Aug
13
Outdoor & Experiential Education (OEE)


>>All right, so, the Outdoor and
Experiential Education Program, you are working with like-minded
individuals who share a passion for the outdoors and also learning by doing. And that is what is really
special about our program. It’s the sense that we’re
actually building our class based on our own interests and our own passion.>>We will run group projects where we
get to take a whole class somewhere. I ran one with the Escape Room. We worked on teambuilding. We’ve done water skiing behind canoes. We’ve done permaculture and forestry, and whatever your passion is
you can bring it to the program.>>One of the benefits of being in the Outdoor and Experiential Ed Program is the group
dynamics that, you know, the close community that we formed from the very
beginning at field camp, and from that, they learn to communicate well.>>For the OEE community, it’s a
really interesting bond that you make, starting at the very beginning when you
go to field camp, and then when you leave and you go back to Duncan McArthur Hall,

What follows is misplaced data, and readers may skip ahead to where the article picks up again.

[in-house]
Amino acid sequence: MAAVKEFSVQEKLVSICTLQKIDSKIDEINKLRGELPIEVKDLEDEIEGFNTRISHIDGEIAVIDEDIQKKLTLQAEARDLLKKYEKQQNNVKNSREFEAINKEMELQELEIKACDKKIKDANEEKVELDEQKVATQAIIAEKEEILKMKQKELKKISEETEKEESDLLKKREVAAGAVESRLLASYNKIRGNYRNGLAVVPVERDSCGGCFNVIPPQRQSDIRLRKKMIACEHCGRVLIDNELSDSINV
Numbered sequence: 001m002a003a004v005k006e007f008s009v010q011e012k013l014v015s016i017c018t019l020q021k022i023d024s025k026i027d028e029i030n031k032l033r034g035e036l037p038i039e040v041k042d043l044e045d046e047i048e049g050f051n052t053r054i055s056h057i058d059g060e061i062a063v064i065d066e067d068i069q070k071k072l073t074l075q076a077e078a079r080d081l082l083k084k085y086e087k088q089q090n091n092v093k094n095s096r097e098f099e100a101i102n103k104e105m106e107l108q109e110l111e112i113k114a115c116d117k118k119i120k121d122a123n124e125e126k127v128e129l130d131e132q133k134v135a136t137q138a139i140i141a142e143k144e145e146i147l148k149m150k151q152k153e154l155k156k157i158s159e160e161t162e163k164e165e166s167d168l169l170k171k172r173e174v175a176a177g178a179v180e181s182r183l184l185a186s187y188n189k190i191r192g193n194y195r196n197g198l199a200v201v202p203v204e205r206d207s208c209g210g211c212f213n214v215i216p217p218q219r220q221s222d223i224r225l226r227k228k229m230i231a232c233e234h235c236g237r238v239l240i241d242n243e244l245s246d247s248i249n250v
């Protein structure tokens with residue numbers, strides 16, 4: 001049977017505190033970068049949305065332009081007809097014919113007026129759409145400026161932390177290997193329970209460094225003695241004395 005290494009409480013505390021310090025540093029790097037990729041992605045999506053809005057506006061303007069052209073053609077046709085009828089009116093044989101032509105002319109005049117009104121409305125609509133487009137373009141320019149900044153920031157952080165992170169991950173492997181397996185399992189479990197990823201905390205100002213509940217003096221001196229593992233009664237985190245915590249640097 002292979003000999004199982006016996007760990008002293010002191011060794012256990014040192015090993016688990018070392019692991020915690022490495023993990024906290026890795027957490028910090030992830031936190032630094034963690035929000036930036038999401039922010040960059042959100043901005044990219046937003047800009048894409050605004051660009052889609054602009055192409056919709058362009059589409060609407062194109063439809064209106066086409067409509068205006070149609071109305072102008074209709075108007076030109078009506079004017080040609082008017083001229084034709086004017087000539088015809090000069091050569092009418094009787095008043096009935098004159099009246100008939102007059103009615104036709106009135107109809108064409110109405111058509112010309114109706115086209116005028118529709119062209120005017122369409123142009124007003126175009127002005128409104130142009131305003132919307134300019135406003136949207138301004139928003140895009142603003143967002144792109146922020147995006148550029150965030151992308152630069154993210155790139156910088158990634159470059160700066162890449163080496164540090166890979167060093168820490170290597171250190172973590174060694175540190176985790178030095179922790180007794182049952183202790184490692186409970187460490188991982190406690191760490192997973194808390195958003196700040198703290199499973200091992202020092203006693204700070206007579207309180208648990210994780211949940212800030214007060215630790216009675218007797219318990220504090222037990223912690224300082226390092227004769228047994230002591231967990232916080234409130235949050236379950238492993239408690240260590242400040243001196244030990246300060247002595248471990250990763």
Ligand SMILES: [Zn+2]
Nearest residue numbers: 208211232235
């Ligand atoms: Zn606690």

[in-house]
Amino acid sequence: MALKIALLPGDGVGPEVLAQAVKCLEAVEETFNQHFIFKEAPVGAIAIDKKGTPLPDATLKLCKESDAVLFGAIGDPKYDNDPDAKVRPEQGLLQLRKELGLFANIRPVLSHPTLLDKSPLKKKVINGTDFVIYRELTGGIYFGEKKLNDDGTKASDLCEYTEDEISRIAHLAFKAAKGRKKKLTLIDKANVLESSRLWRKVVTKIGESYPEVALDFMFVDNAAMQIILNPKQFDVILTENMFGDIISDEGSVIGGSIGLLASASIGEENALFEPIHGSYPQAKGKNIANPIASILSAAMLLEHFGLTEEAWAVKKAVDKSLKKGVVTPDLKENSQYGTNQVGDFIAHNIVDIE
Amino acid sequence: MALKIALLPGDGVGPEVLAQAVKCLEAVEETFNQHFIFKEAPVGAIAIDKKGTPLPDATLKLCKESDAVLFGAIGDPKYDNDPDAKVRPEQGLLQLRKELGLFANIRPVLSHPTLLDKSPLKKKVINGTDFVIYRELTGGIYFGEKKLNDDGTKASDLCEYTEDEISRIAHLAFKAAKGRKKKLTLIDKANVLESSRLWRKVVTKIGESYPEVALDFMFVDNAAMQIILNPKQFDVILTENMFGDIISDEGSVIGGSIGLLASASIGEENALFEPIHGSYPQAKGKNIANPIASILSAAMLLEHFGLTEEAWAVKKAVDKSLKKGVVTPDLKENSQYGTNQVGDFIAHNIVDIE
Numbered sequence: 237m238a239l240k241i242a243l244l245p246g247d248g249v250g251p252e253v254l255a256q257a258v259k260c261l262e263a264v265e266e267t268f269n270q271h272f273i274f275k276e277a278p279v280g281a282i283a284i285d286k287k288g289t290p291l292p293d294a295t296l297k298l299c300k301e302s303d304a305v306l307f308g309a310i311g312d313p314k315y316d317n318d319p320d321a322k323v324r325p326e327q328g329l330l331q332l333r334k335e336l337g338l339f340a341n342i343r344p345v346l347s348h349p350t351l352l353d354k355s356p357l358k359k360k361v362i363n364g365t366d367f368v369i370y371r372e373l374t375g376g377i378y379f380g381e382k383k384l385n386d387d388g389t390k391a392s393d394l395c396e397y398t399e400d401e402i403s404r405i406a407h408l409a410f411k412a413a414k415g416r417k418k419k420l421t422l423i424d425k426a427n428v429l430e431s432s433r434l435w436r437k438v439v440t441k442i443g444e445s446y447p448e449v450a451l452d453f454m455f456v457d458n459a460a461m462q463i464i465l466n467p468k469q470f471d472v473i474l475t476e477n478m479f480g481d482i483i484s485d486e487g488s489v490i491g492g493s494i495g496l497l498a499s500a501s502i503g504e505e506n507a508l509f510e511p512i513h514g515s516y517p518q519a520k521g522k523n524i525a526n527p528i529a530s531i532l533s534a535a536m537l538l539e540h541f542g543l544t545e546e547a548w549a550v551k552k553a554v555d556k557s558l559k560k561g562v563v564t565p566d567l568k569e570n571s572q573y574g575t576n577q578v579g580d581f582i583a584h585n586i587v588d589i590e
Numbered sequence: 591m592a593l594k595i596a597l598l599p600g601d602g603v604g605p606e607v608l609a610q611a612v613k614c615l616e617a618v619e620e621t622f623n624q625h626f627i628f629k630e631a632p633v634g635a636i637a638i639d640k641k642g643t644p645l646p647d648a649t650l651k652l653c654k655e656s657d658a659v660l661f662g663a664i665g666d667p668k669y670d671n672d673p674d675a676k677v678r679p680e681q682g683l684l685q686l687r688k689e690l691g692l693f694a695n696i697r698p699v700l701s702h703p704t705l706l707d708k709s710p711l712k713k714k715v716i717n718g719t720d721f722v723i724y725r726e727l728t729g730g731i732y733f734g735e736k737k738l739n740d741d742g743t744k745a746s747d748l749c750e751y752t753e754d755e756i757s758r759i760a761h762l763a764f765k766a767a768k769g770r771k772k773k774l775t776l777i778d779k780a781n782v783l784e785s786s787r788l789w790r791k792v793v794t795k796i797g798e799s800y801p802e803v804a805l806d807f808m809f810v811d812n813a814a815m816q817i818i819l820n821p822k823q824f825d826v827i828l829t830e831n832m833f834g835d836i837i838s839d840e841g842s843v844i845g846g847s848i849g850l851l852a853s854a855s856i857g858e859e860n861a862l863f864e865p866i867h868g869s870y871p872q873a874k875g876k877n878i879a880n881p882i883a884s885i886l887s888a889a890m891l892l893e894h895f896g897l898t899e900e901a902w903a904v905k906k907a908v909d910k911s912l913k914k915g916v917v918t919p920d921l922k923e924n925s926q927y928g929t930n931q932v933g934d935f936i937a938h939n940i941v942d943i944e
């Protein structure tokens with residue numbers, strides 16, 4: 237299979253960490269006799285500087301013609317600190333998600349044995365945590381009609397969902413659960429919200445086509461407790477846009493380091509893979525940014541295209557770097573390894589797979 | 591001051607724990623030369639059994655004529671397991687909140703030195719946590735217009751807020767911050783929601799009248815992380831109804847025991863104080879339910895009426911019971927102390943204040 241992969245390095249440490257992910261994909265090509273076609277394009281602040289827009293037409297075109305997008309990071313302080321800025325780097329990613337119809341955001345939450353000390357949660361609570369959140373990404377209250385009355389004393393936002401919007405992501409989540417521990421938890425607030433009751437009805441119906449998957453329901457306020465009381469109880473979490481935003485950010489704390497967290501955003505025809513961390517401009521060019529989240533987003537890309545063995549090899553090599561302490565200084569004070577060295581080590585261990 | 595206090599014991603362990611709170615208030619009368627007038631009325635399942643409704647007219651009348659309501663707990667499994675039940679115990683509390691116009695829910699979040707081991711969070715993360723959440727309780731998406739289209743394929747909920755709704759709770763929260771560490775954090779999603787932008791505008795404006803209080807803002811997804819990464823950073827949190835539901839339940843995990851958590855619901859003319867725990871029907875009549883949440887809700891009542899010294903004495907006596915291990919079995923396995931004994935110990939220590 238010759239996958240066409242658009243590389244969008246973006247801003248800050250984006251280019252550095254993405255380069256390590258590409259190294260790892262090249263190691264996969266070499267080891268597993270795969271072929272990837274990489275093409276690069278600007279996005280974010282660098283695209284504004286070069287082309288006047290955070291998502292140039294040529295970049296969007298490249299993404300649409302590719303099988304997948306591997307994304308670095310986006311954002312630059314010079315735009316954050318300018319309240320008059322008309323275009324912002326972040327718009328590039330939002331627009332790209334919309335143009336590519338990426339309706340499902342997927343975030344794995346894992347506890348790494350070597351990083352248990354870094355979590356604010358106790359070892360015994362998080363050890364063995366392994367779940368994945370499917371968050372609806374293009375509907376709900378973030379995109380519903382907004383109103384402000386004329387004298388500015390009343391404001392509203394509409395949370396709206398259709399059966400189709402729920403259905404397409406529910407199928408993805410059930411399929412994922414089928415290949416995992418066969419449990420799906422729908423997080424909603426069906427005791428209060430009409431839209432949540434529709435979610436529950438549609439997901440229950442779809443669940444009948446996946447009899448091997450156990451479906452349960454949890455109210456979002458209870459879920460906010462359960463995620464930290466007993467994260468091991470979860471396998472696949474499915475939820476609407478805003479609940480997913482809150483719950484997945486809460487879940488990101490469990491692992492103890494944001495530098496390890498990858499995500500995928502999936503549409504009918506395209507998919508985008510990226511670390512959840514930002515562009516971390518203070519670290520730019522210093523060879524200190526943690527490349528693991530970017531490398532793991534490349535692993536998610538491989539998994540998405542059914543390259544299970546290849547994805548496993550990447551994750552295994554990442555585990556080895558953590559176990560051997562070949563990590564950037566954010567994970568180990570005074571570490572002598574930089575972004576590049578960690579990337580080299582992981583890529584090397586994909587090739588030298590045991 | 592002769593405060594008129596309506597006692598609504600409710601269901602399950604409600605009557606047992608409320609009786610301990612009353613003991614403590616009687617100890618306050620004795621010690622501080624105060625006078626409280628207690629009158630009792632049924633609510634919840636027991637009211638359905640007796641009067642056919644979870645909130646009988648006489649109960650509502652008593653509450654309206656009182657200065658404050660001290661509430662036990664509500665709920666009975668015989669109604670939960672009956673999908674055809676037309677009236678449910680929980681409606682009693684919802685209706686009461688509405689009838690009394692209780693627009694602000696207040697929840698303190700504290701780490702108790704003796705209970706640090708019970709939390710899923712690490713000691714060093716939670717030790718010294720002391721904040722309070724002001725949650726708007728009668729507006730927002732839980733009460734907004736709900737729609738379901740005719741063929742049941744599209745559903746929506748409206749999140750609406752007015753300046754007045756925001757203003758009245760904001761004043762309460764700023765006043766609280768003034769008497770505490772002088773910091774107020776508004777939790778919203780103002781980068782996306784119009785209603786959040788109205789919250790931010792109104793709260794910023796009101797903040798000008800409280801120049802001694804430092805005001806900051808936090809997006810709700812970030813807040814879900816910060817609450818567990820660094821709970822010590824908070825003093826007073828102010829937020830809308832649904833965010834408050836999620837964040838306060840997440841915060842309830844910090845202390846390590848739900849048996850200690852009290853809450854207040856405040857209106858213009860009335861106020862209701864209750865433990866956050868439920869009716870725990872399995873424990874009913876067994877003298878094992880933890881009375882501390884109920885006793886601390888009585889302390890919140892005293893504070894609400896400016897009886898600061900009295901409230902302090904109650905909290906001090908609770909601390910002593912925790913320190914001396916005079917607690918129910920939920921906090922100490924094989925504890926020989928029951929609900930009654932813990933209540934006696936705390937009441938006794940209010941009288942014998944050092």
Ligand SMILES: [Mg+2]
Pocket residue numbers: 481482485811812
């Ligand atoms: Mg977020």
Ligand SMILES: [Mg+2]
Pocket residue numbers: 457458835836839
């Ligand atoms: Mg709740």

you really have a network now of support within your class and it really
strengthens your experience.>>The energy and enthusiasm of the
teacher candidates is infectious. So, they come in with lots of
energy and desire to learn and share that knowledge or whatever their passion is. And it just seems to grow
and grow as the year goes on.>>Experiential, to me, means sort of
taking the activity and bringing it to life. So, often it’s outdoors,
bringing your class outdoors, but it can be those hands-on activities
in class as well and just bringing — taking the content from on the page and having
to make it have some sort of authentic meaning.>>The Outdoor and Experiential
Education class that I am in, it really enhanced my experience
at Queen’s University. And the people that I got to meet through
this program are not just networks, but they’re lasting friendships,
and that is really special to me. [Loon]